Coursera offers 3,800 free online classes for unemployed workers

The coronavirus pandemic offers online education companies a chance to prove themselves.

hands typing on a laptop
Photo by Gaelle Marcel on Unsplash
  • Coursera is allowing federal, state, and local agencies that serve the unemployed to enroll in the free program until September 30.
  • Typically costing $399 per year, workers will be able to access free online classes by going through unemployment agencies that have enrolled. Subjects range from cloud computing and computer science, to business and art.
  • As workers begin retraining and school districts turn to virtual learning, online education companies stand to gain.

The online education company Coursera is offering free courses to workers who are unemployed as a result of the coronavirus pandemic.

Unemployed workers will have access to Coursera's full catalog of 3,800 online classes across 400 specializations, which range from digital marketing and data science, to deep-learning and self-driving cars. Enrollment normally costs $399 per year. To gain access, workers must go through a local, state or federal unemployment agency — each of which has until September 30 to enroll in the program. Agencies that do enroll will be able to provide workers with free access until the end of the year.

Coursera's Workforce Recovery Initiative is an extension of its Coursera for Government program, which helps government employees re-train and learn new professional skills. By completing classes, workers may be able to receive college credits or professional certifications.


"Coursera, along with its community of partners, is ready to serve the millions of workers who have lost their jobs and are going to have a hard time returning in a slow economy," Coursera CEO Jeff Maggioncalda told Forbes. "We are honored to help U.S. states and countries around the world in their efforts to alleviate the impact on communities hardest hit by the pandemic."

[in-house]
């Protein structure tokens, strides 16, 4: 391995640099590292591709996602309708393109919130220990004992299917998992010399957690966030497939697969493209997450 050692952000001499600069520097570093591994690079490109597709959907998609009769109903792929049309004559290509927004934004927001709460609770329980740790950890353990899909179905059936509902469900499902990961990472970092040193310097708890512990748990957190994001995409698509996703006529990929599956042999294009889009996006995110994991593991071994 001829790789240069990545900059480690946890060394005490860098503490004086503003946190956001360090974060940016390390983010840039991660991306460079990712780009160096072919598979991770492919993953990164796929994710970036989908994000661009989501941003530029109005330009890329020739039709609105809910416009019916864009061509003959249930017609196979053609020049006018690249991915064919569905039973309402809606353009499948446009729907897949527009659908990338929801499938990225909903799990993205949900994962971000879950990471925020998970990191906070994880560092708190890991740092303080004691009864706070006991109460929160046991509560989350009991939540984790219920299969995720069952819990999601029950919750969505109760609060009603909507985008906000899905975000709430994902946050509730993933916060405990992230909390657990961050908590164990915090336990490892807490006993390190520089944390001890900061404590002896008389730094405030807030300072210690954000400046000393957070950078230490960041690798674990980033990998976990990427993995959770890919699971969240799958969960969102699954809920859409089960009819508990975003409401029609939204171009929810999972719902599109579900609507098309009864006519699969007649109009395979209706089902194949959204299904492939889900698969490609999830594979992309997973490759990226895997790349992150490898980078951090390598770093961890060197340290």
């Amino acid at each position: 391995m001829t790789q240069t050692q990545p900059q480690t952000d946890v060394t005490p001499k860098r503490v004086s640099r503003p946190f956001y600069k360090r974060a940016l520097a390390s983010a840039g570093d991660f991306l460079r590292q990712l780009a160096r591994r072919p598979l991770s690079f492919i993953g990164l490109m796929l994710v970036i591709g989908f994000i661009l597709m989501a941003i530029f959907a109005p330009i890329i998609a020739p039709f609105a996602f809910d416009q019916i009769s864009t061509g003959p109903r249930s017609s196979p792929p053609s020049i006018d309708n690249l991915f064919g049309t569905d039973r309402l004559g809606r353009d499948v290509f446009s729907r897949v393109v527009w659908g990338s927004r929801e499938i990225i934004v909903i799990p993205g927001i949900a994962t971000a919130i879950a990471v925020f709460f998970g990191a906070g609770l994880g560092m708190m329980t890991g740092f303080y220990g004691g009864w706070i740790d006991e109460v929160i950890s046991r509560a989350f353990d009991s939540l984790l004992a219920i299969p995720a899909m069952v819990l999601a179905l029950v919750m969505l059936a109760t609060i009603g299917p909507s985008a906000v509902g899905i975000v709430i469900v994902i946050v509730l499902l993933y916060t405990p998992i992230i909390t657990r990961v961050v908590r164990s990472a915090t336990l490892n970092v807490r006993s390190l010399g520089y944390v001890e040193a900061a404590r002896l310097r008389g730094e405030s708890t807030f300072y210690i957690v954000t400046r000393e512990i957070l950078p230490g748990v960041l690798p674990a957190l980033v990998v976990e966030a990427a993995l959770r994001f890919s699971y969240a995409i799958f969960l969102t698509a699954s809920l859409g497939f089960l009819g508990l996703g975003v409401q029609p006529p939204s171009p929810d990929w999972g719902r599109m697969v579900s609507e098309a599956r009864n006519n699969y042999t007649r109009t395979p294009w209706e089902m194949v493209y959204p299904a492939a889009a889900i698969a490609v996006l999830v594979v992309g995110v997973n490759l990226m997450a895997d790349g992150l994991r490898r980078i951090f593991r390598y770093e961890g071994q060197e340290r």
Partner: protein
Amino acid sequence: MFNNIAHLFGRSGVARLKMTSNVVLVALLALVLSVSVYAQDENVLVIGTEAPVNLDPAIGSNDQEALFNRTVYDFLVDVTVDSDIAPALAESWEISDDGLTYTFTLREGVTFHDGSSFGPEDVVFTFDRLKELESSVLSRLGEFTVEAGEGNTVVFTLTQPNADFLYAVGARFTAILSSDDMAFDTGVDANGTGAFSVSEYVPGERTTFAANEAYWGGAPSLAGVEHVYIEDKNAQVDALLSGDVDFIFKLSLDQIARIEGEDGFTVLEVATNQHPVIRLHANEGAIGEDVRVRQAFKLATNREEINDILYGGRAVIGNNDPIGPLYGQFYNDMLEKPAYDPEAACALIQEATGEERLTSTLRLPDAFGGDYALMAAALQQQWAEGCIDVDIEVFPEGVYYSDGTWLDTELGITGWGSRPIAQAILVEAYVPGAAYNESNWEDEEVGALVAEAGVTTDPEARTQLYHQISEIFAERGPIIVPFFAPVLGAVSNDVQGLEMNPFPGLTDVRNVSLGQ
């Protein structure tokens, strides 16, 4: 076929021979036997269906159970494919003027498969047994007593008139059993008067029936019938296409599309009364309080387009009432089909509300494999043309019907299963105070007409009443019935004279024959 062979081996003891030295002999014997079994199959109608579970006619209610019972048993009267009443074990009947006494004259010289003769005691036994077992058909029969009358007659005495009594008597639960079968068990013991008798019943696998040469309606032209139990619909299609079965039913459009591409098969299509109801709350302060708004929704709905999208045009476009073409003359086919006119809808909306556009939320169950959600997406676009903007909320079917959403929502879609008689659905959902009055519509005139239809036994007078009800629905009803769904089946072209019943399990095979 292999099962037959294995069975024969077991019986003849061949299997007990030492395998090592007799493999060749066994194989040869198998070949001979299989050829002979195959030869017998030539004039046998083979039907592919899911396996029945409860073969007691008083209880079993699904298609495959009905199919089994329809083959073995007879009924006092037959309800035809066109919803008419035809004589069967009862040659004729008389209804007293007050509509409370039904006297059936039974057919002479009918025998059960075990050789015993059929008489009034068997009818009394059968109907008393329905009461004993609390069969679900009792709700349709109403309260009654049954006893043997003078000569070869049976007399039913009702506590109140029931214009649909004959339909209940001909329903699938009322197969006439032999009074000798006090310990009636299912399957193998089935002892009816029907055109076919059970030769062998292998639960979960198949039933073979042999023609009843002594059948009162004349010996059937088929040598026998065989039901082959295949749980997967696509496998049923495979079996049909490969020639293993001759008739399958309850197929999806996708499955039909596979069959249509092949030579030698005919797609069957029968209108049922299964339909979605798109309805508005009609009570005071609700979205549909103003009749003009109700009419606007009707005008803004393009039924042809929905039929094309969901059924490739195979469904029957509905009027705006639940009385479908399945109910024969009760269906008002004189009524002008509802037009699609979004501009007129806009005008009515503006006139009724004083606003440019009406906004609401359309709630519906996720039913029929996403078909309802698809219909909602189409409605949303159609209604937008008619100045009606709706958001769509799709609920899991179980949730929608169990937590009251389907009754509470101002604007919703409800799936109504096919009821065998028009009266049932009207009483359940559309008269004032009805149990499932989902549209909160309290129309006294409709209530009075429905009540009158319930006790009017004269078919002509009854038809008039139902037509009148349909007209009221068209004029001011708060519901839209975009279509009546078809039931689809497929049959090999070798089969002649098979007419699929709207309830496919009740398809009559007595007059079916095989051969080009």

The first U.S. states to offer the program will be Illinois, Arizona, and Oklahoma, while national governments like Colombia, Costa Rica, Greece, Malaysia, Panama, Ukraine, and Uzbekistan have also enrolled. Coursera anticipates that other U.S. states will enroll, and the company says it's looking into offering free access to private organizations "on a case-by-case basis."

man and girl looking at laptop screen

Fiona Goodall / Stringer

Online education's big moment

It's no wonder Coursera and rival companies like Kaplan and Udacity have begun offering free online courses. For one, the unemployment rate in the U.S. last week topped 20 percent, meaning there's more than 33 million Americans without jobs. Many of these workers may need to retrain for new jobs, or could otherwise benefit by boosting their skills.

Beyond that, online learning companies are likely hoping that workers who enroll in the free program will continue using the platform when the offer expires in 2021. After all, the pandemic is likely to reshape many aspects of modern life, and it may accelerate a broad transition from in-classroom education to online learning.

The pandemic has already closed public schools across the U.S., forcing some 55 million American schoolchildren to attend class virtually, if at all. This shift has been fraught with technical, logistical, and psychological problems. But if online learning can be more successfully integrated into society, companies like Coursera could win big.

As Chip Paucek, chief executive of the educational technology company 2U Inc., told MarketWatch: "This is online education's moment" to prove itself in front of a big audience.

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